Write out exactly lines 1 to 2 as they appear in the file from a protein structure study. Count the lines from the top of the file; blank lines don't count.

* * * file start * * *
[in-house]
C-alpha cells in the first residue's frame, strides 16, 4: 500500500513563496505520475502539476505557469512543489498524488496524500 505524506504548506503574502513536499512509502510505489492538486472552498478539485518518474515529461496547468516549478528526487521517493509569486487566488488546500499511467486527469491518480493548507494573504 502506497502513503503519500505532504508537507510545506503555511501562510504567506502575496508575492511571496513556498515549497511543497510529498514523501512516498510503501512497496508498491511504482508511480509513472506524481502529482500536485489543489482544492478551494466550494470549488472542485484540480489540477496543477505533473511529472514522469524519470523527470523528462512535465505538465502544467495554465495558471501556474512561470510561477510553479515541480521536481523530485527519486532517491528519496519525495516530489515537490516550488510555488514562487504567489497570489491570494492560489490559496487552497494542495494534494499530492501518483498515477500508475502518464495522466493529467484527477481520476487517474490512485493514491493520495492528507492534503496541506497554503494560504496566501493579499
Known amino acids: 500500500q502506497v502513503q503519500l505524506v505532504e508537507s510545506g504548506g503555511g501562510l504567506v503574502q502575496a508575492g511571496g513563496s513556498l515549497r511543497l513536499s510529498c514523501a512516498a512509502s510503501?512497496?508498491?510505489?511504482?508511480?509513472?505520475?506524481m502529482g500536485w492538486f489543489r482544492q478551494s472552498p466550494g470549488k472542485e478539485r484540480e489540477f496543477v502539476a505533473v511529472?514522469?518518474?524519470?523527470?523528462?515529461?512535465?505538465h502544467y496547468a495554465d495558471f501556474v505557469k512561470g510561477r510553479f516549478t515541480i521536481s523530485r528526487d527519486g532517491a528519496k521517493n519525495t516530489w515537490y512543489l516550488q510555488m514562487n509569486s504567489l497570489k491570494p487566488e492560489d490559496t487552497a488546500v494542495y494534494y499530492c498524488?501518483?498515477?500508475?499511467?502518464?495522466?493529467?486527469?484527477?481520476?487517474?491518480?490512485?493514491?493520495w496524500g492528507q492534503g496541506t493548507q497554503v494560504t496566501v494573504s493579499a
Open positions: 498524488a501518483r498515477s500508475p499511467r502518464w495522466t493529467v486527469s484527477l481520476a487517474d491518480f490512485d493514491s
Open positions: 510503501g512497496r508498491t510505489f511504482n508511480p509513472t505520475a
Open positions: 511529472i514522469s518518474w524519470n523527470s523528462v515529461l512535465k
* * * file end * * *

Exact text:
[in-house]
C-alpha cells in the first residue's frame, strides 16, 4: 500500500513563496505520475502539476505557469512543489498524488496524500 505524506504548506503574502513536499512509502510505489492538486472552498478539485518518474515529461496547468516549478528526487521517493509569486487566488488546500499511467486527469491518480493548507494573504 502506497502513503503519500505532504508537507510545506503555511501562510504567506502575496508575492511571496513556498515549497511543497510529498514523501512516498510503501512497496508498491511504482508511480509513472506524481502529482500536485489543489482544492478551494466550494470549488472542485484540480489540477496543477505533473511529472514522469524519470523527470523528462512535465505538465502544467495554465495558471501556474512561470510561477510553479515541480521536481523530485527519486532517491528519496519525495516530489515537490516550488510555488514562487504567489497570489491570494492560489490559496487552497494542495494534494499530492501518483498515477500508475502518464495522466493529467484527477481520476487517474490512485493514491493520495492528507492534503496541506497554503494560504496566501493579499